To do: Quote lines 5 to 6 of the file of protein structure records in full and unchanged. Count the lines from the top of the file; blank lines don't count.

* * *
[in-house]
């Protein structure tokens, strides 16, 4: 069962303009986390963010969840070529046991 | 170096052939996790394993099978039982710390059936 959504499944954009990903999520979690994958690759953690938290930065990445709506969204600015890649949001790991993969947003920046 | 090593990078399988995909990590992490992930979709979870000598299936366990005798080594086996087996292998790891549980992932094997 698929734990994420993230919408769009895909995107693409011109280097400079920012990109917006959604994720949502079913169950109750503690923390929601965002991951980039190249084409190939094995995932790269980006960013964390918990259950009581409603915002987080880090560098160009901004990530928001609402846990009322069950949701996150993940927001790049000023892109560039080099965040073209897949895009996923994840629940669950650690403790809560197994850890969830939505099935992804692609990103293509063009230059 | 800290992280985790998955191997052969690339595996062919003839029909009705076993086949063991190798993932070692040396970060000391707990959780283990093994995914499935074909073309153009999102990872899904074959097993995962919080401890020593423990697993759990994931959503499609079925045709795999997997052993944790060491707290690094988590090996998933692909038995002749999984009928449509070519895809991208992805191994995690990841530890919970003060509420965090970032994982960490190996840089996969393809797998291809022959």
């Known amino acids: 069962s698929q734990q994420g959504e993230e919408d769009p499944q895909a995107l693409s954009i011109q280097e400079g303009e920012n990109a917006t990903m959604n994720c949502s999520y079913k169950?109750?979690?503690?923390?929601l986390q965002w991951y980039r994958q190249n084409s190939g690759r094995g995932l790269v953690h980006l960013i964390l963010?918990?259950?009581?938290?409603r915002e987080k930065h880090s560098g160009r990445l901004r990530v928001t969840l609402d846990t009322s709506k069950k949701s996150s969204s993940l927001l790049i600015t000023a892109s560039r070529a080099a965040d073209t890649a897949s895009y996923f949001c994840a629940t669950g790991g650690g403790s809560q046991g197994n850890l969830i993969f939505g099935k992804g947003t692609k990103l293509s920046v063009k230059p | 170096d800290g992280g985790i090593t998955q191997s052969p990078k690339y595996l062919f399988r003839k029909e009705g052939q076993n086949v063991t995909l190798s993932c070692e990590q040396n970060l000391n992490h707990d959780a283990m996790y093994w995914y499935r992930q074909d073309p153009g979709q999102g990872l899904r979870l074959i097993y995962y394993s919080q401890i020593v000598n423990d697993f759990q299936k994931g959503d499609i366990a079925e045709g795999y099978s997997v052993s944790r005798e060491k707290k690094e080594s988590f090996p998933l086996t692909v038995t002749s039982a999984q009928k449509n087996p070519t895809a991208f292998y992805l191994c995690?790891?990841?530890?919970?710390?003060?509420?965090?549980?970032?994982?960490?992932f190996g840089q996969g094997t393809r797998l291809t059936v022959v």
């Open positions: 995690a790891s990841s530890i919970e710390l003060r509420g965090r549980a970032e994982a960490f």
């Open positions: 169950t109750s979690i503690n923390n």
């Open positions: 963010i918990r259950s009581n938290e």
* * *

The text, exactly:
């Open positions: 169950t109750s979690i503690n923390n």
């Open positions: 963010i918990r259950s009581n938290e």